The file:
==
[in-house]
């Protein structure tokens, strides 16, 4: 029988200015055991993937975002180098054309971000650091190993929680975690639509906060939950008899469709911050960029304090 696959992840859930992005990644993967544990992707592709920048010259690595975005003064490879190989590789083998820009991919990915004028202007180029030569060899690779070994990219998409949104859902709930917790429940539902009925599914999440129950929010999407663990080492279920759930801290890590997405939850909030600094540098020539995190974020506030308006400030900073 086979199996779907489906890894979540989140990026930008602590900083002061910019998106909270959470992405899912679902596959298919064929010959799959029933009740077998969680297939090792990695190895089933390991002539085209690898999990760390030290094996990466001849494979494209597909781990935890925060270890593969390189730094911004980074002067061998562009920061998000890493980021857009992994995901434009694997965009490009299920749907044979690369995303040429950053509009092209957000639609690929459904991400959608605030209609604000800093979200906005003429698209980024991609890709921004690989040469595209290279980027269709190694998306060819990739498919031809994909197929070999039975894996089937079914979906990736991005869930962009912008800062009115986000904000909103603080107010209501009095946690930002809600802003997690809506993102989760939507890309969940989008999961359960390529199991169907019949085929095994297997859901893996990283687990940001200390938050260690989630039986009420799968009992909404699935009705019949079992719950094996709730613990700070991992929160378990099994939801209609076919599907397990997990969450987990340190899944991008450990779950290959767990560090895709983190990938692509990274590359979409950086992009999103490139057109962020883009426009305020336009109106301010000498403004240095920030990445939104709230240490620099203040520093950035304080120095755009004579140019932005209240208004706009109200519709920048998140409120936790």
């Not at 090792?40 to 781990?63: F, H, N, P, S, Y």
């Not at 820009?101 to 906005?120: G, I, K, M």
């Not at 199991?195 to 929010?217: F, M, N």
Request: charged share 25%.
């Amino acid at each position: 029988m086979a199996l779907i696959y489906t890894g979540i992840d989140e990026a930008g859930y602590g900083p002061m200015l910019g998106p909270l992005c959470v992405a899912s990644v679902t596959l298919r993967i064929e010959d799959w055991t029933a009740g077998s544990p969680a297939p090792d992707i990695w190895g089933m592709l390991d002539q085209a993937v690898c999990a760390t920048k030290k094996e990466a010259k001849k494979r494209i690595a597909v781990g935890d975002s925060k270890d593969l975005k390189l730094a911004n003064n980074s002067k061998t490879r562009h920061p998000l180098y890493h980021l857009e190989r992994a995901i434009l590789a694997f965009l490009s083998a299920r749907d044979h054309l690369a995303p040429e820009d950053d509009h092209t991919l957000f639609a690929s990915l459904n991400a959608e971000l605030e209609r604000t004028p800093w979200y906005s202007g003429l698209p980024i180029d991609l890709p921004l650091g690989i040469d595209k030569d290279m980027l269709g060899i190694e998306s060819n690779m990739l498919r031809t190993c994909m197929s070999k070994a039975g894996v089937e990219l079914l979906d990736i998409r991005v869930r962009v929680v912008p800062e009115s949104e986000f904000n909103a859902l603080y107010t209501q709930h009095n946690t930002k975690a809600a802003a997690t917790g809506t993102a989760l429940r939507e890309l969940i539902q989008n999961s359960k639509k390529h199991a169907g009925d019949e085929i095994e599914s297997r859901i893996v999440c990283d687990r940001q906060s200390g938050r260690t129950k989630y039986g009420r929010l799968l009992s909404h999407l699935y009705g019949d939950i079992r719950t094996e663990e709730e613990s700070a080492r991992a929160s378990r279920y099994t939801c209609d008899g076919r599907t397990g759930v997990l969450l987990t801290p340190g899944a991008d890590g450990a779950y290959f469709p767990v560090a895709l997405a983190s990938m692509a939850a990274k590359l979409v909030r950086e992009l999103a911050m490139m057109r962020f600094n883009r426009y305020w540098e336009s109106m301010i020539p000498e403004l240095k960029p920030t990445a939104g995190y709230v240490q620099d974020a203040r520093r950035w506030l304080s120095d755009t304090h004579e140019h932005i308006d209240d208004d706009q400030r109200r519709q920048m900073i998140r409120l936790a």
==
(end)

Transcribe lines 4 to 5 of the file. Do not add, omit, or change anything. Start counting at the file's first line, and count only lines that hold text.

């Not at 820009?101 to 906005?120: G, I, K, M």
């Not at 199991?195 to 929010?217: F, M, N």